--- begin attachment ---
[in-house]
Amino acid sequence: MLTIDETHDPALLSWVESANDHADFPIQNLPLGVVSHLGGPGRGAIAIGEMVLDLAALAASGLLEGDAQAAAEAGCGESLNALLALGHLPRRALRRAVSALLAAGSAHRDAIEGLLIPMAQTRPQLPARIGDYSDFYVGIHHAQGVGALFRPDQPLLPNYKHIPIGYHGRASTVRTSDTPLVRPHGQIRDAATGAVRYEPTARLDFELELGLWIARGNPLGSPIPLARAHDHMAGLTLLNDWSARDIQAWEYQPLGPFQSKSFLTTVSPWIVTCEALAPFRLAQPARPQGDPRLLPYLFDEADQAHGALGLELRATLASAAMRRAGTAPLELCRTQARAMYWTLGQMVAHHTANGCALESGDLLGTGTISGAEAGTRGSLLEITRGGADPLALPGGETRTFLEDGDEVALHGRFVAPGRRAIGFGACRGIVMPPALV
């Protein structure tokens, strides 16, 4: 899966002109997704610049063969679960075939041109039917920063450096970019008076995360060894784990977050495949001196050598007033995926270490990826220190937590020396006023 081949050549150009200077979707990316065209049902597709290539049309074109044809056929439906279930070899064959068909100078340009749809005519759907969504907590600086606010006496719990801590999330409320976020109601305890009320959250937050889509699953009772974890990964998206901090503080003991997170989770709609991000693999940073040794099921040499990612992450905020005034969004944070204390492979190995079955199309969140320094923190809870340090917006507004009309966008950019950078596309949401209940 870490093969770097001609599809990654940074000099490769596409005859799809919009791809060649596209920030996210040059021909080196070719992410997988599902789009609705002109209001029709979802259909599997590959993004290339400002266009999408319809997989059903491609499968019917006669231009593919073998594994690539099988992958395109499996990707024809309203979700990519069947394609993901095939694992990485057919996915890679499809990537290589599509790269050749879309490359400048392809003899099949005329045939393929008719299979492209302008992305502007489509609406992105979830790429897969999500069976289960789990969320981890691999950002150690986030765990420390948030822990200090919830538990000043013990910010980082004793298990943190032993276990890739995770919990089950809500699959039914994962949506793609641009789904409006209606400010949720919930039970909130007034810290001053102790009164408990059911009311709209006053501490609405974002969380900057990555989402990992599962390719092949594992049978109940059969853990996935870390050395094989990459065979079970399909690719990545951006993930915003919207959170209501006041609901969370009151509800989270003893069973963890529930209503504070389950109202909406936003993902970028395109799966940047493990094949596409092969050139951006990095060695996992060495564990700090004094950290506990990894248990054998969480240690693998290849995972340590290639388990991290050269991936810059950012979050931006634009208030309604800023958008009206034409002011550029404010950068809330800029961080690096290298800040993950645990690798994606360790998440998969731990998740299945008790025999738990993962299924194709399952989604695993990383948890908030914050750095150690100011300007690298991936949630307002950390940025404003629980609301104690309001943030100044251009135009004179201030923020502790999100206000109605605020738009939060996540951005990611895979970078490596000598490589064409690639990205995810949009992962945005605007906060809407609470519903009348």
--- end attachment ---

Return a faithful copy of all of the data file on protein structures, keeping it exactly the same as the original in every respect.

[in-house]
Amino acid sequence: MLTIDETHDPALLSWVESANDHADFPIQNLPLGVVSHLGGPGRGAIAIGEMVLDLAALAASGLLEGDAQAAAEAGCGESLNALLALGHLPRRALRRAVSALLAAGSAHRDAIEGLLIPMAQTRPQLPARIGDYSDFYVGIHHAQGVGALFRPDQPLLPNYKHIPIGYHGRASTVRTSDTPLVRPHGQIRDAATGAVRYEPTARLDFELELGLWIARGNPLGSPIPLARAHDHMAGLTLLNDWSARDIQAWEYQPLGPFQSKSFLTTVSPWIVTCEALAPFRLAQPARPQGDPRLLPYLFDEADQAHGALGLELRATLASAAMRRAGTAPLELCRTQARAMYWTLGQMVAHHTANGCALESGDLLGTGTISGAEAGTRGSLLEITRGGADPLALPGGETRTFLEDGDEVALHGRFVAPGRRAIGFGACRGIVMPPALV
């Protein structure tokens, strides 16, 4: 899966002109997704610049063969679960075939041109039917920063450096970019008076995360060894784990977050495949001196050598007033995926270490990826220190937590020396006023 081949050549150009200077979707990316065209049902597709290539049309074109044809056929439906279930070899064959068909100078340009749809005519759907969504907590600086606010006496719990801590999330409320976020109601305890009320959250937050889509699953009772974890990964998206901090503080003991997170989770709609991000693999940073040794099921040499990612992450905020005034969004944070204390492979190995079955199309969140320094923190809870340090917006507004009309966008950019950078596309949401209940 870490093969770097001609599809990654940074000099490769596409005859799809919009791809060649596209920030996210040059021909080196070719992410997988599902789009609705002109209001029709979802259909599997590959993004290339400002266009999408319809997989059903491609499968019917006669231009593919073998594994690539099988992958395109499996990707024809309203979700990519069947394609993901095939694992990485057919996915890679499809990537290589599509790269050749879309490359400048392809003899099949005329045939393929008719299979492209302008992305502007489509609406992105979830790429897969999500069976289960789990969320981890691999950002150690986030765990420390948030822990200090919830538990000043013990910010980082004793298990943190032993276990890739995770919990089950809500699959039914994962949506793609641009789904409006209606400010949720919930039970909130007034810290001053102790009164408990059911009311709209006053501490609405974002969380900057990555989402990992599962390719092949594992049978109940059969853990996935870390050395094989990459065979079970399909690719990545951006993930915003919207959170209501006041609901969370009151509800989270003893069973963890529930209503504070389950109202909406936003993902970028395109799966940047493990094949596409092969050139951006990095060695996992060495564990700090004094950290506990990894248990054998969480240690693998290849995972340590290639388990991290050269991936810059950012979050931006634009208030309604800023958008009206034409002011550029404010950068809330800029961080690096290298800040993950645990690798994606360790998440998969731990998740299945008790025999738990993962299924194709399952989604695993990383948890908030914050750095150690100011300007690298991936949630307002950390940025404003629980609301104690309001943030100044251009135009004179201030923020502790999100206000109605605020738009939060996540951005990611895979970078490596000598490589064409690639990205995810949009992962945005605007906060809407609470519903009348």